In autumn 1928 and spring 1929 there were 8 stock splits, causing the Dow Divisor to drop to 10.47.
Dow-index_Sep_1929 = (x1 + x2+ ……….+x30) / 10.47
After the stock market crash of 1929, 18 companies were replaced in the Dow and the Dow Divisor got the value 15.1.
Table: Changes in the Dow, stock splits and Dow Divisor
The table above makes it clear that the Dow Jones formula has been changed many times and that the Dow Divisor in the period 1980-2010 has actually become a Dow Multiplier, due to the large number of stock splits in that period. Where in the past the sum of the share values was divided by the number of shares, nowadays the sum of the share values multiplied by 6.4 . Dividing by 0.15571590501117 is after all the same as multiplying by 6.4 . (1 / 0,1557 = 6.4). This partly explains the behaviour of the Dow graph since 1980.
Figure: the Dow Jones since 1896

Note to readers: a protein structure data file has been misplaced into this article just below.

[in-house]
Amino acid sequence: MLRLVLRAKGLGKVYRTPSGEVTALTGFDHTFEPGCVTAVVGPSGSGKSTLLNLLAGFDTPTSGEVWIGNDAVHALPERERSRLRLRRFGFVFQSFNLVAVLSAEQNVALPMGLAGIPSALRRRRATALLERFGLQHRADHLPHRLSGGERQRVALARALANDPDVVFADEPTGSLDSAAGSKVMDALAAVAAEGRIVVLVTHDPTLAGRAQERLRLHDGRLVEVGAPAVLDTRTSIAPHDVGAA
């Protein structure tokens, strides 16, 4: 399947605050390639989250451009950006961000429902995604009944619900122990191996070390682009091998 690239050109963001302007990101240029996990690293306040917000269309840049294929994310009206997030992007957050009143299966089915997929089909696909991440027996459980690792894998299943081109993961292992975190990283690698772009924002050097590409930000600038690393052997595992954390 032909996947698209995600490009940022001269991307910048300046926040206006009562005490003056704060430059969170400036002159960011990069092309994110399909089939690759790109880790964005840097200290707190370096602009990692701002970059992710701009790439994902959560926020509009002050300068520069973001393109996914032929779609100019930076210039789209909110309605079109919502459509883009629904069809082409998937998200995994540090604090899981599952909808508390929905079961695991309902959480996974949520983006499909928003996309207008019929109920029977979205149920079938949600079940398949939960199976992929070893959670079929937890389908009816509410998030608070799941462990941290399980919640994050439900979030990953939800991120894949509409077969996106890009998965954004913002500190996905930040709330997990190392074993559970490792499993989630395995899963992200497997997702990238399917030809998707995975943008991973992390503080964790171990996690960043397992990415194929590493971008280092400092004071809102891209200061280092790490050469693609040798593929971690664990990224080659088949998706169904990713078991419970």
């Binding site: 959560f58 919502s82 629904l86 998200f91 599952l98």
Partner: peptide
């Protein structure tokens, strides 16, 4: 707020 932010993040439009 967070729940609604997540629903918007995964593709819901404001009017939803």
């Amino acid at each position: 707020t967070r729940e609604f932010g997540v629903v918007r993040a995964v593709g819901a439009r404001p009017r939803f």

The proposed change on 1 January 2015 restores the formula to what it originally was: the sum of the share values divided by the number of component shares.
Dow-index_Jan_2015 = (x1 + x2+ ……….+x30) / 30
The aggregate current value of the 30 component stocks is 2574 dollars. By changing the Dow Divisor from 0.15571590501117 to 30 (a factor 192 larger) the index will, at current values, change from 15658 to 85.8 points (a factor 192 smaller).
The emotional factor in the current formula, the nervousness or euphoria of investors resulting from large fluctuations in the Dow, will be greatly reduced by this change (192 times) and so rationality should gain the upper hand in investor’s decisions.
Obama’s proposed change must still be approved by House and Senate. Both Republicans and Democrats have told Obama they support his proposal. Politicians, irrespective of political colour, desire stability in the stock markets. For the investor however it will take some getting used to: the Dow Jones at 85.8 points.